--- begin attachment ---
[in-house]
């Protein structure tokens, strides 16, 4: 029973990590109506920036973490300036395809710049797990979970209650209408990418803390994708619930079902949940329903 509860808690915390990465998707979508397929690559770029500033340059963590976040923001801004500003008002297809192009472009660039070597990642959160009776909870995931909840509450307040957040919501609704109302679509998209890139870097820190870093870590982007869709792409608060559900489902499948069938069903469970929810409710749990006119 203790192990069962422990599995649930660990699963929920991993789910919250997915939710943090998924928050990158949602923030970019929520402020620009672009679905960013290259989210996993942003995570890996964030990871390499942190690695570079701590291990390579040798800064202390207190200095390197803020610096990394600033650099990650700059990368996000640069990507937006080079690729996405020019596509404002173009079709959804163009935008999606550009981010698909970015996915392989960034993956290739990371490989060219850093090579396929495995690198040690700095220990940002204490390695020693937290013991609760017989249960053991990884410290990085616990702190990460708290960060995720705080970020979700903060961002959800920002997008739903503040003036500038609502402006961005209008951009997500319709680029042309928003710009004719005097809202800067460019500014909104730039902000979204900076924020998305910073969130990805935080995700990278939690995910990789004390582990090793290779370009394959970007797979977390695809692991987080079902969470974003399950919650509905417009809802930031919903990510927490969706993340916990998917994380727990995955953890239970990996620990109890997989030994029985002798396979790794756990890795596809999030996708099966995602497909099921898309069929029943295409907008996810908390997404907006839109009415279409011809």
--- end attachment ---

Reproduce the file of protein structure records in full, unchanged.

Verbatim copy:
[in-house]
């Protein structure tokens, strides 16, 4: 029973990590109506920036973490300036395809710049797990979970209650209408990418803390994708619930079902949940329903 509860808690915390990465998707979508397929690559770029500033340059963590976040923001801004500003008002297809192009472009660039070597990642959160009776909870995931909840509450307040957040919501609704109302679509998209890139870097820190870093870590982007869709792409608060559900489902499948069938069903469970929810409710749990006119 203790192990069962422990599995649930660990699963929920991993789910919250997915939710943090998924928050990158949602923030970019929520402020620009672009679905960013290259989210996993942003995570890996964030990871390499942190690695570079701590291990390579040798800064202390207190200095390197803020610096990394600033650099990650700059990368996000640069990507937006080079690729996405020019596509404002173009079709959804163009935008999606550009981010698909970015996915392989960034993956290739990371490989060219850093090579396929495995690198040690700095220990940002204490390695020693937290013991609760017989249960053991990884410290990085616990702190990460708290960060995720705080970020979700903060961002959800920002997008739903503040003036500038609502402006961005209008951009997500319709680029042309928003710009004719005097809202800067460019500014909104730039902000979204900076924020998305910073969130990805935080995700990278939690995910990789004390582990090793290779370009394959970007797979977390695809692991987080079902969470974003399950919650509905417009809802930031919903990510927490969706993340916990998917994380727990995955953890239970990996620990109890997989030994029985002798396979790794756990890795596809999030996708099966995602497909099921898309069929029943295409907008996810908390997404907006839109009415279409011809």